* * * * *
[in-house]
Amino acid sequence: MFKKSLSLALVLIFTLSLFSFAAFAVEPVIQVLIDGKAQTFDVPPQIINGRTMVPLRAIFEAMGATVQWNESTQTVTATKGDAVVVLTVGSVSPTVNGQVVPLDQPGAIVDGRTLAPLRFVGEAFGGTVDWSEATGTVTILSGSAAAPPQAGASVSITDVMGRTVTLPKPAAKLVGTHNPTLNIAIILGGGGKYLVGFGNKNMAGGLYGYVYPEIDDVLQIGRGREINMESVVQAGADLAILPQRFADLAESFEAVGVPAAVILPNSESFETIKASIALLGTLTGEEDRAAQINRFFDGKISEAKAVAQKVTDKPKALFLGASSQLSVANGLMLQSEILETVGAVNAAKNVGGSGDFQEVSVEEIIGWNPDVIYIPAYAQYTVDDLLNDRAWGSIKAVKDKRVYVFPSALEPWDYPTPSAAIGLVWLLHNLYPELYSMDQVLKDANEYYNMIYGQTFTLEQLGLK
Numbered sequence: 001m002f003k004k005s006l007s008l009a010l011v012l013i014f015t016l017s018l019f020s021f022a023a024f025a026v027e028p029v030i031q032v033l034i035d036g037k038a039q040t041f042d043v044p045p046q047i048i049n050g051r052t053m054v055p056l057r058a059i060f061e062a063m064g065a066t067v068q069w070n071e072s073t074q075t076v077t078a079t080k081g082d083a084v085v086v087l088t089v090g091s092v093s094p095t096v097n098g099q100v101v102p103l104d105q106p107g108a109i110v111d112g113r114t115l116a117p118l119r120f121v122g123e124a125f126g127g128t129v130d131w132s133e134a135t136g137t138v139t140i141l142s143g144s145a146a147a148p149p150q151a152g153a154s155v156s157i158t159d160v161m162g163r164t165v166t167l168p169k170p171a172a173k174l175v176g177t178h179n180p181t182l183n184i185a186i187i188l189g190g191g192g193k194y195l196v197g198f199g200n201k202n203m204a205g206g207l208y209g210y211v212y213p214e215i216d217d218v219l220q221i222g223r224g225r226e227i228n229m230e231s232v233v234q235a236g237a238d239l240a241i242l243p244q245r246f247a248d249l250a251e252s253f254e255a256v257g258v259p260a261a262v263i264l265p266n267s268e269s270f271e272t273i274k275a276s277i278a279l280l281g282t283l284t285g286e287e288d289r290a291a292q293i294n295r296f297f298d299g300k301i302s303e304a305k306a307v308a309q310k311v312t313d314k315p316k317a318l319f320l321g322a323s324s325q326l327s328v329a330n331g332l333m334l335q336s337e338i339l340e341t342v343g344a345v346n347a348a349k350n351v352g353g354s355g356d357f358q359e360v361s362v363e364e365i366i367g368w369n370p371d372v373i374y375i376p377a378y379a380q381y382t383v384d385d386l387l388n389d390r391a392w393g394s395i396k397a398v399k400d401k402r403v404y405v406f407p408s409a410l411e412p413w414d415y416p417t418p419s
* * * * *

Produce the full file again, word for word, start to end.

[in-house]
Amino acid sequence: MFKKSLSLALVLIFTLSLFSFAAFAVEPVIQVLIDGKAQTFDVPPQIINGRTMVPLRAIFEAMGATVQWNESTQTVTATKGDAVVVLTVGSVSPTVNGQVVPLDQPGAIVDGRTLAPLRFVGEAFGGTVDWSEATGTVTILSGSAAAPPQAGASVSITDVMGRTVTLPKPAAKLVGTHNPTLNIAIILGGGGKYLVGFGNKNMAGGLYGYVYPEIDDVLQIGRGREINMESVVQAGADLAILPQRFADLAESFEAVGVPAAVILPNSESFETIKASIALLGTLTGEEDRAAQINRFFDGKISEAKAVAQKVTDKPKALFLGASSQLSVANGLMLQSEILETVGAVNAAKNVGGSGDFQEVSVEEIIGWNPDVIYIPAYAQYTVDDLLNDRAWGSIKAVKDKRVYVFPSALEPWDYPTPSAAIGLVWLLHNLYPELYSMDQVLKDANEYYNMIYGQTFTLEQLGLK
Numbered sequence: 001m002f003k004k005s006l007s008l009a010l011v012l013i014f015t016l017s018l019f020s021f022a023a024f025a026v027e028p029v030i031q032v033l034i035d036g037k038a039q040t041f042d043v044p045p046q047i048i049n050g051r052t053m054v055p056l057r058a059i060f061e062a063m064g065a066t067v068q069w070n071e072s073t074q075t076v077t078a079t080k081g082d083a084v085v086v087l088t089v090g091s092v093s094p095t096v097n098g099q100v101v102p103l104d105q106p107g108a109i110v111d112g113r114t115l116a117p118l119r120f121v122g123e124a125f126g127g128t129v130d131w132s133e134a135t136g137t138v139t140i141l142s143g144s145a146a147a148p149p150q151a152g153a154s155v156s157i158t159d160v161m162g163r164t165v166t167l168p169k170p171a172a173k174l175v176g177t178h179n180p181t182l183n184i185a186i187i188l189g190g191g192g193k194y195l196v197g198f199g200n201k202n203m204a205g206g207l208y209g210y211v212y213p214e215i216d217d218v219l220q221i222g223r224g225r226e227i228n229m230e231s232v233v234q235a236g237a238d239l240a241i242l243p244q245r246f247a248d249l250a251e252s253f254e255a256v257g258v259p260a261a262v263i264l265p266n267s268e269s270f271e272t273i274k275a276s277i278a279l280l281g282t283l284t285g286e287e288d289r290a291a292q293i294n295r296f297f298d299g300k301i302s303e304a305k306a307v308a309q310k311v312t313d314k315p316k317a318l319f320l321g322a323s324s325q326l327s328v329a330n331g332l333m334l335q336s337e338i339l340e341t342v343g344a345v346n347a348a349k350n351v352g353g354s355g356d357f358q359e360v361s362v363e364e365i366i367g368w369n370p371d372v373i374y375i376p377a378y379a380q381y382t383v384d385d386l387l388n389d390r391a392w393g394s395i396k397a398v399k400d401k402r403v404y405v406f407p408s409a410l411e412p413w414d415y416p417t418p419s